• East/West side: IN/OUT Communicator with external applications
    • Plus:
      • Data and communication authentication
      • Data and status monitoring and alerting
      • Data transformation
      • Data storage and retrieval
  • Small memory and processing footprint. FogLAMP can be installed and executed on inexpensive Edge devices; microservices can be distributed on sensors and actuator boards.
  • Resilient and optionally highly available.
  • Discoverable and cluster-based.
  • Based on APIs (RESTful and non-RESTful) to communicate with sensors and other devices, to interact with user applications, to manage the platform and to be integrated with a Cloud or Data Center-based data infrastructure.
  • Hardened with default secure communication that can be optionally relaxed.

FogLAMP vs Other Software

FogLAMP can solve many problems and facilitate the design and implementation of many IoT projects. That said, it is absolutely important that architects and developers have a clear idea of what to expect from FogLAMP and when it is a good fit or when other products may be a better option.

In this section, we compare FogLAMP to some other options. We have clearly prepared this section to the best of our knowledge, we welcome feedback from anybody filing an issue to the FogLAMP project on GitHub.

Open Source Platforms

EdgeX Foundry

EdgeX Foundry is a vendor-neutral project launched under the Linux Foundation. EdgeX and FogLAMP share the same concepts of microservice architecture and plugins, security and hardware agnostic platform, but the objective is significantly different. At a closer look, the two projects are complementary and it is up to the systems and data architects to contemplate one or both projects together. The main objective of EdgeX Foundry is to build a standardized Edge computing infrastructure, whilst FogLAMP is focused on data management in the broadest definition of Fog, i.e. covering several layers from the Edge up to the Cloud. Furthermore, FogLAMP does not strictly provide control over Edge devices: there are indeed options of bi-directionality so that administrators, manual or automatic mode, can modify the configuration of software running on devices, but the goal is always related to the acquisition of data coming from the Edge, and any control is executed by integrating FogLAMP with external comp nents. Regarding EdgeX, cases focus on the control and operations of Edge devices. For this reason, is it fair to say that an IoT architect may consider to implement data management and acquisition with FogLAMP and integrate FogLAMP data check and analysis via the internal REST API with services provided by EdgeX to control the Edge devices.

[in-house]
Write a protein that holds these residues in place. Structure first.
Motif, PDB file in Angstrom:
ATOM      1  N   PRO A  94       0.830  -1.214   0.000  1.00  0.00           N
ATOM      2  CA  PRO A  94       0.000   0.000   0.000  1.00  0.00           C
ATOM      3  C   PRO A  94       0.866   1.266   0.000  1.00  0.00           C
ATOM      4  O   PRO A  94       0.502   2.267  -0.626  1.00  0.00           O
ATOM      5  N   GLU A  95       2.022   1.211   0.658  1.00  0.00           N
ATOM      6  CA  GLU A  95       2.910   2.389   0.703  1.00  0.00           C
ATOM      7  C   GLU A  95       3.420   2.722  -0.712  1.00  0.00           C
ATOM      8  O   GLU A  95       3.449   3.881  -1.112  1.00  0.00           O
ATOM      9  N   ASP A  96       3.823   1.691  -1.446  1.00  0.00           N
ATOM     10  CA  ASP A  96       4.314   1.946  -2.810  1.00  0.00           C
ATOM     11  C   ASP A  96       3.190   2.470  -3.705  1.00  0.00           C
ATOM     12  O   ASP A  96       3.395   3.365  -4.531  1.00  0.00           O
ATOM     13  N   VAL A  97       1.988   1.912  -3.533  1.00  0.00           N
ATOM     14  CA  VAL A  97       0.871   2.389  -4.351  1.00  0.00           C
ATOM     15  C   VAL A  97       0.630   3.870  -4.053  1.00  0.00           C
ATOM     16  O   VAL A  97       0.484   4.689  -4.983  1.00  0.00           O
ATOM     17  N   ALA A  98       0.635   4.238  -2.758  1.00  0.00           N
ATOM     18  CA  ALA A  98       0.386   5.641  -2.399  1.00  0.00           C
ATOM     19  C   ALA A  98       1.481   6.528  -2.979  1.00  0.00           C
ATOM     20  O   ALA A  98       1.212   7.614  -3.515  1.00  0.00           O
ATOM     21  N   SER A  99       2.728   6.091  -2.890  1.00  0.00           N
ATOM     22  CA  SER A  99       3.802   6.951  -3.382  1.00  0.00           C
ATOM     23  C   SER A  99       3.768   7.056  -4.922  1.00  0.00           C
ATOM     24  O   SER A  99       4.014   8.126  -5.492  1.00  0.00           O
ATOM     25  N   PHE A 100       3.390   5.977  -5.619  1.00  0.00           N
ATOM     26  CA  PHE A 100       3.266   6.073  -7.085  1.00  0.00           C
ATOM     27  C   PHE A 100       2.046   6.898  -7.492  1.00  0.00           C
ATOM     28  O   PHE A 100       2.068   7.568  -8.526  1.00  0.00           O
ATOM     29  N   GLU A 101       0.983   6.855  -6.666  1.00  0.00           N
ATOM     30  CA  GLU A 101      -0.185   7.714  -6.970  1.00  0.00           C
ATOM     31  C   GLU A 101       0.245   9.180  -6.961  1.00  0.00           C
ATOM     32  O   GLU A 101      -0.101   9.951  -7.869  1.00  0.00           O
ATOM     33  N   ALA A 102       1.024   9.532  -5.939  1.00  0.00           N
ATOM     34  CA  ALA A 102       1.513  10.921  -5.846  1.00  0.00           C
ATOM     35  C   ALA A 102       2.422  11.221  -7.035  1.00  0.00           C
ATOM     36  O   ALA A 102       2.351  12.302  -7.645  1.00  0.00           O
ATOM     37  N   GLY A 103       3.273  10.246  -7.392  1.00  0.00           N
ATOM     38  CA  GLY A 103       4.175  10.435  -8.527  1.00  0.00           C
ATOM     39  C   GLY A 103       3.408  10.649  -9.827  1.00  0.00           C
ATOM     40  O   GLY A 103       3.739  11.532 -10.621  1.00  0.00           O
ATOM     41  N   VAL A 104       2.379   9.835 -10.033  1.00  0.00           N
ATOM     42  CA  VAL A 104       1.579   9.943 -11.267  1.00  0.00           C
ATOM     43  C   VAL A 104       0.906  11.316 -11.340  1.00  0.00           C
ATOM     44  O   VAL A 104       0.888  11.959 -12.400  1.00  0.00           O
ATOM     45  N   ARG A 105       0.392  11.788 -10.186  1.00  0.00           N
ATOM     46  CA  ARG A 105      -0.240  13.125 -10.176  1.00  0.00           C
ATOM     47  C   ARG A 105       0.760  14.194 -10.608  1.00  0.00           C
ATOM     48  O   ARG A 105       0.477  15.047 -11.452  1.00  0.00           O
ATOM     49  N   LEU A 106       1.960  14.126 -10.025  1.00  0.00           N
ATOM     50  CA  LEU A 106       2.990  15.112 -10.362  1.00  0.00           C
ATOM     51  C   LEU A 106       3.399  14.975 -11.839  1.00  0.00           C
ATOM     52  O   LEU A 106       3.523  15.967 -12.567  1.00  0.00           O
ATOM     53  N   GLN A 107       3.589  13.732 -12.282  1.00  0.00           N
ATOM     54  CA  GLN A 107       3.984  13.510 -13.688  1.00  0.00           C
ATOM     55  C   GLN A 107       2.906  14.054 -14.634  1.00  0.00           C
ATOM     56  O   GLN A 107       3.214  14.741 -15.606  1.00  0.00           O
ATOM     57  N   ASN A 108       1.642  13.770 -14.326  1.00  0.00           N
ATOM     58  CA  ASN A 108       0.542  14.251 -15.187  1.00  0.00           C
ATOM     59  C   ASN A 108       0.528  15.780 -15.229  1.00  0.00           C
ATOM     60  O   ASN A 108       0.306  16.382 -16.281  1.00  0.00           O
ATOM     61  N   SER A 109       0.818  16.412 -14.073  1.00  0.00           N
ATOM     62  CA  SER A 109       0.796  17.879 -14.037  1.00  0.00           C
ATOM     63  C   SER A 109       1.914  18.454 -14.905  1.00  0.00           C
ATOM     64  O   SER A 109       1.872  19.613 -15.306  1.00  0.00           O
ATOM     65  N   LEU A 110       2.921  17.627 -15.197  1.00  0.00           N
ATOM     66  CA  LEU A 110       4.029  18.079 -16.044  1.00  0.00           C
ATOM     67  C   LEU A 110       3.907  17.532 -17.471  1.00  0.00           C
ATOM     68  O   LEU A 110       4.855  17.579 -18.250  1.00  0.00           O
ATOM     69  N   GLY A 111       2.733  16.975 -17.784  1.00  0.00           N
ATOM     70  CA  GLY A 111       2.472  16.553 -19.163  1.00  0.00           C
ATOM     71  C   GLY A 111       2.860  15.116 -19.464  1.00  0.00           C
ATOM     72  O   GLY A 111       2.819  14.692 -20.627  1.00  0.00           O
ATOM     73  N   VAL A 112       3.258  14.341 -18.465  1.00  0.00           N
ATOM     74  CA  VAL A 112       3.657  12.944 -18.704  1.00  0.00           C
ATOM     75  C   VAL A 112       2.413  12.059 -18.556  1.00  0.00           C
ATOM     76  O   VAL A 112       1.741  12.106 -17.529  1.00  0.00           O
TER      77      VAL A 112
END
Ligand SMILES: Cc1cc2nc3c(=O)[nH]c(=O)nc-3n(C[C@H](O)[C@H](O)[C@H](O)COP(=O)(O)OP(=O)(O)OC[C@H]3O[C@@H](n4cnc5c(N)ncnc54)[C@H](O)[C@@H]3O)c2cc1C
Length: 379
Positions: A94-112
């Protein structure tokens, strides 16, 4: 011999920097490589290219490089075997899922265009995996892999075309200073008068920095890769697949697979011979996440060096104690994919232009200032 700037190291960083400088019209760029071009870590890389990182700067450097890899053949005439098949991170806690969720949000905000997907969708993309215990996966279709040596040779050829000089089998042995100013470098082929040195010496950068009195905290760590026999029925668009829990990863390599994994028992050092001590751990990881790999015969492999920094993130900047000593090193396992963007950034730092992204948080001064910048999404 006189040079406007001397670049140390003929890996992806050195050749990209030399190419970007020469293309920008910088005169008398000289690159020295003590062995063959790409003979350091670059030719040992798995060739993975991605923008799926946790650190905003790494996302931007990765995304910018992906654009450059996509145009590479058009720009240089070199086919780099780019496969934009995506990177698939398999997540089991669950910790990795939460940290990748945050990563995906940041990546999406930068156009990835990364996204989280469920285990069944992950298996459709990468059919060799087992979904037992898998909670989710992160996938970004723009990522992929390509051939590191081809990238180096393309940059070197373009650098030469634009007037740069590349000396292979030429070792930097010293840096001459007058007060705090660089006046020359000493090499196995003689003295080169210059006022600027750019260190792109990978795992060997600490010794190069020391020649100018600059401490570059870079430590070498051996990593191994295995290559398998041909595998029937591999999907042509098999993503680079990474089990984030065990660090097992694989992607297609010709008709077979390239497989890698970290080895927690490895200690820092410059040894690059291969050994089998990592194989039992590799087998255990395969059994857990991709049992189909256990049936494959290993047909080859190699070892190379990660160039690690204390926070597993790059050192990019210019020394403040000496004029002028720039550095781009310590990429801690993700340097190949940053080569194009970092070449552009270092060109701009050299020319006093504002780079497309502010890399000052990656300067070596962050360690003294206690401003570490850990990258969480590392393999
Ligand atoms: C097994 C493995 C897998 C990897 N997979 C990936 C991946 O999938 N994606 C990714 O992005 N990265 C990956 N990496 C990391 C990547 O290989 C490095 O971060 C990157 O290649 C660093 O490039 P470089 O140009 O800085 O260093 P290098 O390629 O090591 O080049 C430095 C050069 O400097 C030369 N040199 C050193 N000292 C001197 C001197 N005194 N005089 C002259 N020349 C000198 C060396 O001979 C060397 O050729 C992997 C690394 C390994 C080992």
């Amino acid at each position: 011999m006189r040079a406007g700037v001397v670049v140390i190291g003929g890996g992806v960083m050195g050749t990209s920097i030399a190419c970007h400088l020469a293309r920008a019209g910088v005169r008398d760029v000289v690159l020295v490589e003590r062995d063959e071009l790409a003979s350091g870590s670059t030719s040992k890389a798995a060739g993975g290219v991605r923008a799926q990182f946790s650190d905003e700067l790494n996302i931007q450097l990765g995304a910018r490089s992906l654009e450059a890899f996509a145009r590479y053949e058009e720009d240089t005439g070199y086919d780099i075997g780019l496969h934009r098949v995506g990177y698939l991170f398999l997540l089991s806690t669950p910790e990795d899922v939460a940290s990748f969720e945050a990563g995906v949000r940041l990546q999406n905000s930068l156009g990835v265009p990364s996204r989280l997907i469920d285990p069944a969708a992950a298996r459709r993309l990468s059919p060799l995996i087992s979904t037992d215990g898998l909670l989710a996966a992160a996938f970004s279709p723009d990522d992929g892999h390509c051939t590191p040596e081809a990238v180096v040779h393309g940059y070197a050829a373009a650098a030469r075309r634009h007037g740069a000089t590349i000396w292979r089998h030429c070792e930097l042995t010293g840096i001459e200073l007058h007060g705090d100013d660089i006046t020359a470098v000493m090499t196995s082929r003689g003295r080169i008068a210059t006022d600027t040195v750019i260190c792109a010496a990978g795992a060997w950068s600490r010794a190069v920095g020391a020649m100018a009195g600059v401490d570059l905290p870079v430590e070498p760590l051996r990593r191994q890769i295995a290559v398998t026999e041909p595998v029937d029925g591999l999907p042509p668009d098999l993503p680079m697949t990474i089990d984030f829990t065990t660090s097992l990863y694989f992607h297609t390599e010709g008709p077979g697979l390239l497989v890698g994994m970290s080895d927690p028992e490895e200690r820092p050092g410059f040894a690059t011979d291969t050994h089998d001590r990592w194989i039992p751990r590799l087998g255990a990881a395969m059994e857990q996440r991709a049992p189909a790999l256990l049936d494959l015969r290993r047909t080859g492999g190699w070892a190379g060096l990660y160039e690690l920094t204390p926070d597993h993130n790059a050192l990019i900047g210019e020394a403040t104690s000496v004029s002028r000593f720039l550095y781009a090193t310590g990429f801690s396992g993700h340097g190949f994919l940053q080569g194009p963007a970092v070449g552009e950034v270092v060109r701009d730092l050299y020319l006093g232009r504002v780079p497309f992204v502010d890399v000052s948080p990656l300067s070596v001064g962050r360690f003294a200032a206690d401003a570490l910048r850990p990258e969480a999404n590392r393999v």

In a nutshell, if your objective is to use a comprehensive Edge platform to control your IoT environment, you should consider EdgeX. If you are looking for a platform that can handle data management, collection, storage and forward connected to other systems, you should consider FogLAMP.


Kura is an open source project developed under the IoT initiative in the Eclipse Foundation. It is Java-based and hardware platform agnostic. Plugins and bundles are implemented with OSGi. The objective of Kura is similar to FogLAMP, i.e. data is collected, managed, transformed, analyzed and forwarded. The key difference resides in the choice of the platform and the solution: Kura is entirely Java-based, while FogLAMP, due to the microservice application, is language and platform agnostic.

Closed Source Platforms


The FogHorn platform is focused on Machine Learning applied at the Edge and consequently at controlling Edge devices. It also has its own set of tools and SDK that are used to manage the whole process of collecting and analyzing data, then implementing ML algorithms. The memory footprint for the smallest implementation starts at 256MB of memory and it appears to have no microservice distribution.

Putting the obvious difference between open and closed source aside, FogHorn and FogLAMP are designed to accomplish similar goals but in a different way. FogHorn is very specialized in handling and using ML algorithms. FogLAMP provides a platform for ML, but it does not implement it: it is up to the user to select their favorite ML library and implementation and integrate it in FogLAMP.